In 2020, AIF concluded its third full year of business with a positive EBITDA result. Despite COVID-19, revenue is expected to grow slightly to just over USD 50 million as Super Cereal Plus sales maintained momentum. Business-to-consumer sales also grew significantly as the Nootri brand continues to gain popularity across East Africa. The year also marked the beginning of AIF’s new ambitious growth strategy, with groundwork in Ethiopia and production of fortified porridges and cereals started at a new facility in Kenya.
In 2020, we continued to expand MANDI (Making A Nutritional Difference to India), a socio-commercial consumer products business delivering local nutrition and home fortification solutions that are affordable and convenient. The range of home fortification products branded as Nu-Shakti™ includes solutions for staples such as rice and wheat flour, as well as fruit-flavored fortified beverage powder. The business aims to build awareness and education about the importance of health, nutrition and immunity with the aim of tackling widespread malnutrition in India. In 2019, we started distributing through trade partners in modern and traditional retail channels in Tamil Nadu, a state in South India. In 2020, the COVID-19 disruption that began in March halted the expansion plans.
Sight and Life
As a global leader in nutrition, Sight and Life Foundation uses science to change the way nutrition is delivered to people who need it most, specifically women and children.
With the support of DSM, Sight and Life delivers value to the nutrition community by translating science into effective nutrition programming, building public-private partnerships, and developing viable social business models for affordable and nutritious foods.
In 2020, Sight and Life delivered nutritious food during the COVID-19 pandemic in Rwanda, South Africa, and India. The egg hub social business model in Malawi, making eggs available and affordable to low-income households, proved successful and sustainable by producing 3.5 million eggs annually. Sight and Life secured a Grand Challenges India Award to innovate around egg powder, also supported by Children’s Investment Fund Foundation in Ethiopia. Five companies now incorporate the OBAASIMA seal, aiming to create demand for nutritious and affordable food in Ghana. On the topic of workplace nutrition, IMPAct4Nutrition, a public-private platform, was honored with a UNICEF Global INSPIRE Award in ‘Best Multistakeholder Engagement’. Sight and Life mentored young entrepreneurs to develop climate-smart nutrition and pandemic-proof innovations through Elevator Pitch Contests.
New publications focused on key themes, including multiple micronutrient supplementation (MMS), consumer insights, and take-home rations, sharing science-based evidence and expert knowledge. For more information, visit: sightandlife.org.
Initiatives complementing the Focus Domains
We continued to be a Global Supporter of Catalyst — the NGO accelerating women’s progress in the workplace. Our Honorary Chairman Mr. Sijbesma continued his role on the Board of Directors and Ms. Matchett her role on the European Advisory Board.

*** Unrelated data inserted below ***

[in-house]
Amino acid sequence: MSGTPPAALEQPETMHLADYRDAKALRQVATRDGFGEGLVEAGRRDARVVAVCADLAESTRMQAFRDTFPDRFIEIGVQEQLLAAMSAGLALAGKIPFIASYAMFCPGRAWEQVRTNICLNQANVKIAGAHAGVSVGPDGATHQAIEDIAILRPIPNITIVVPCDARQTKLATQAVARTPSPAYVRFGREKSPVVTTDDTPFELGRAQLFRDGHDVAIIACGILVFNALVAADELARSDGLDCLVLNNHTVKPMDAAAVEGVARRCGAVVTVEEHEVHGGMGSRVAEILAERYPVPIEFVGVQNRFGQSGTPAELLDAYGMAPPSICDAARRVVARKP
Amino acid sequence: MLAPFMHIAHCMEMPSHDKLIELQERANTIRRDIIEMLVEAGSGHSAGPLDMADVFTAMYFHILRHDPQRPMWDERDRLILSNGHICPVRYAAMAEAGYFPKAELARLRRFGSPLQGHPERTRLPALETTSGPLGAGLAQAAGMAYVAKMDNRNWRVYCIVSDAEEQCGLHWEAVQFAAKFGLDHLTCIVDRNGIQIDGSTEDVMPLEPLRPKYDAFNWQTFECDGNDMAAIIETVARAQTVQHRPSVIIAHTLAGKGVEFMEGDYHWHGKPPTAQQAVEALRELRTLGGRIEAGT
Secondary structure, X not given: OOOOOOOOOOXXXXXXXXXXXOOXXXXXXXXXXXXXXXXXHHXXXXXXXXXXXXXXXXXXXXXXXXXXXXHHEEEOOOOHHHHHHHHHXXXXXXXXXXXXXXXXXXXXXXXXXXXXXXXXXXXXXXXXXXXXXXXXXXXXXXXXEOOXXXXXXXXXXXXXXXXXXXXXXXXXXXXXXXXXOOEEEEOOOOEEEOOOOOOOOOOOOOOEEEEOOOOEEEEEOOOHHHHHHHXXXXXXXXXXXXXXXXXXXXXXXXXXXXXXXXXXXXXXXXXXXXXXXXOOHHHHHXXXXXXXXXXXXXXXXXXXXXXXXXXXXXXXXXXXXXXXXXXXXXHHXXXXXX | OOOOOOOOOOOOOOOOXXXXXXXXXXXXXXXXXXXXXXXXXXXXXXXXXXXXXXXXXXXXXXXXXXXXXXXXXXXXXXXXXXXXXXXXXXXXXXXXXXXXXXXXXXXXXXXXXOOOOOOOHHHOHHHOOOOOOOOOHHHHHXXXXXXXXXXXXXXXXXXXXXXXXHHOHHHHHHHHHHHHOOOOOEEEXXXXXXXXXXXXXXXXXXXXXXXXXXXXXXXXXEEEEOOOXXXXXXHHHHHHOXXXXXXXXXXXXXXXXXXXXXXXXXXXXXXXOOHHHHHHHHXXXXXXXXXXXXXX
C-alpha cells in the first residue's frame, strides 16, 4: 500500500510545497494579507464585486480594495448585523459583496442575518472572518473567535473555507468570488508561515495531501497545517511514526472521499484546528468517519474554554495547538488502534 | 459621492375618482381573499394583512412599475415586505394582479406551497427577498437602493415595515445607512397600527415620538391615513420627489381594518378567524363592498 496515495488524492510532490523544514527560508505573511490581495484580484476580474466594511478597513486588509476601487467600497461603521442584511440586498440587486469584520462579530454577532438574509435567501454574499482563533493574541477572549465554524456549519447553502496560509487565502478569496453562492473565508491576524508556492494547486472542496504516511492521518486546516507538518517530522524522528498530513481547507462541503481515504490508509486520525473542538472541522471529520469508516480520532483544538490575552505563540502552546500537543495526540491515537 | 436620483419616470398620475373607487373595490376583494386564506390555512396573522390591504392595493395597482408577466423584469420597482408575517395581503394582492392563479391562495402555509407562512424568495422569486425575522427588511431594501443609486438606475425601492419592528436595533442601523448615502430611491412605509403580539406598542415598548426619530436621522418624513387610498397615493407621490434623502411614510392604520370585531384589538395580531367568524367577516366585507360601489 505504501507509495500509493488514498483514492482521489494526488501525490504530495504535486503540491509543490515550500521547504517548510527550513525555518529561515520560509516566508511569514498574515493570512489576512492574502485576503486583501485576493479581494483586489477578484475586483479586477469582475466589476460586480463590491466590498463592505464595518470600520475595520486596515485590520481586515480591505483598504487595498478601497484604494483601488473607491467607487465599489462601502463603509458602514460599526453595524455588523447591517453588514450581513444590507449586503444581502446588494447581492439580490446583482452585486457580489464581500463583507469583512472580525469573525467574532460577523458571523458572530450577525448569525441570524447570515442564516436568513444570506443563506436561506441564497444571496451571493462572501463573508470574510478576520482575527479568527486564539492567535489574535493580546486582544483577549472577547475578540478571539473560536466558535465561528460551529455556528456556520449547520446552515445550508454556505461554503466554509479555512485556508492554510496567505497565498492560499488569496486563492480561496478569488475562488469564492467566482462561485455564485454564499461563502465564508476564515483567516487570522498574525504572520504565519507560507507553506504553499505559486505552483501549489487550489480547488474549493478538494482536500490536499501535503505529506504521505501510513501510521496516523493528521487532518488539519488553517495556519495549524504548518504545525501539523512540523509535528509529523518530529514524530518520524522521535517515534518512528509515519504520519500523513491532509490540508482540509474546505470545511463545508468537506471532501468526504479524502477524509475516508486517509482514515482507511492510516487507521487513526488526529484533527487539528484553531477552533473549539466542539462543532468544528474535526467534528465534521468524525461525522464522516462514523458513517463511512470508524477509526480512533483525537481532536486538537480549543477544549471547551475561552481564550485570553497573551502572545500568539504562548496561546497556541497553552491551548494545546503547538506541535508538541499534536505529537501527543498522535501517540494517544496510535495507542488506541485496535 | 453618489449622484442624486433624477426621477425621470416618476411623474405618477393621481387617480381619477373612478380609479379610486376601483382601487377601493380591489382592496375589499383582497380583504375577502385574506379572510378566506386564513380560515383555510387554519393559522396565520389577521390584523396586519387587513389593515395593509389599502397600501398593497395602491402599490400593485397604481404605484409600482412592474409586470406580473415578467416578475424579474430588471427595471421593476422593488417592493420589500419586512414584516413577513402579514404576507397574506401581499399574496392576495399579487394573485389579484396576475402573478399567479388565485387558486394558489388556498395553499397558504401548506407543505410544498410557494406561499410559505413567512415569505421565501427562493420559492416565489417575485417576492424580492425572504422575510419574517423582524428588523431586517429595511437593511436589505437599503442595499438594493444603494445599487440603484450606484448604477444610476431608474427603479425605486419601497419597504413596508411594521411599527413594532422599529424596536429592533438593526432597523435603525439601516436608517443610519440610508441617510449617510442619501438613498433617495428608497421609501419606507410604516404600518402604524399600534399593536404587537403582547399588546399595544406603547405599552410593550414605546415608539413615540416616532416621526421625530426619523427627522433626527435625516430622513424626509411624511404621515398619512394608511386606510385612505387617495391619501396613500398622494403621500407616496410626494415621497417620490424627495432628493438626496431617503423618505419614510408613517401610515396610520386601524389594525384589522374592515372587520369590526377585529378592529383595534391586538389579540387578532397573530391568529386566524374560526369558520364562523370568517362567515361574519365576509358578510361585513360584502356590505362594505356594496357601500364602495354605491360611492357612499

In 2020, we continued to sponsor the Catalyst work program on Women and The Future of Work. This long-term program focuses on building more human-centric workplaces with strong social values, which are prepared for the impact of technology and rapid change, by ensuring equity in future employability. As part of this program we participated in, and contributed to, research activities and roundtable events.
We provided input to the ‘How we Lead with Inclusion during the Crisis’ reports. In addition, colleagues from our Inclusion & Diversity network participated in Catalyst virtual workshops on: ‘Emotional Tax in the workplace’, ‘Driving Inclusion During the Disruption: The Strategic Advantage of ERGs (Employee Resource Group)’, ‘Unconscious Bias to Inclusive Leadership Virtual Workshop’, ‘Understanding Gender Equity Workshop’, and International Women’s Day 2020: Now Is The Moment To #BiasCorrect’. We also used Catalyst resources on ‘Candid Conversations About Racism and Sexism in the Workplace’ for internal program development.
In 2020, DSM joined the Valuable 500 organization — a global NGO aimed at unlocking the social and economic value of people living with disabilities across the world. Our new Inclusion & Diversity strategy incorporates a focus on Disability and a new Employee Resource Group (ERG) called ‘The Valuable’ group was established to represent the interests of DSM employees with disabilities. Valuable 500 resources and experts have supported the team to develop the agenda.
One Young World (OYW)
The One Young World Summit gathers 2,000 young leaders from more than 190 countries and all sectors, empowering them to make lasting connections to generate positive change for sustainable development. In 2020, our OYW delegation comprised 18 colleagues representing all our businesses and regions and is our 10th OYW delegation. This delegation will attend the Munich Summit which has been postponed to Spring 2021, due to the COVID-19 pandemic.
Working on business development and internal engagement
The community of over 120 OYW alumni (including our new 2020 cohort) manage different business development and internal engagement projects for sustainability. In 2020, the community launched a Personal Carbon Footprint Calculator, a learning & development game called ‘The DSM Sustainable City’ and a project on Sustainable Packaging, which has already resulted in some packaging substitutions resulting in reduced cost and waste. After two years of progress, the OYW 2018 ‘Tomato Project’ has resulted in a commercial product in collaboration with Nurevas in Ghana and the Swiss Federal Institute of Technology in Zurich (Switzerland). Tomato sauce is for many African countries a widely used staple food. In this project, a tomato sauce was developed, fortified with a wide range of vitamins and minerals. The product will be introduced into the West African market early 2021.
Primary energy is energy that has not yet been subjected to a human engineered conversion process. It is the energy contained in unprocessed fuels.
Final (consumed) energy is the energy that is consumed by end-users. The difference between primary energy and final consumed energy is caused by the conversion process between the two as well as any transmission losses.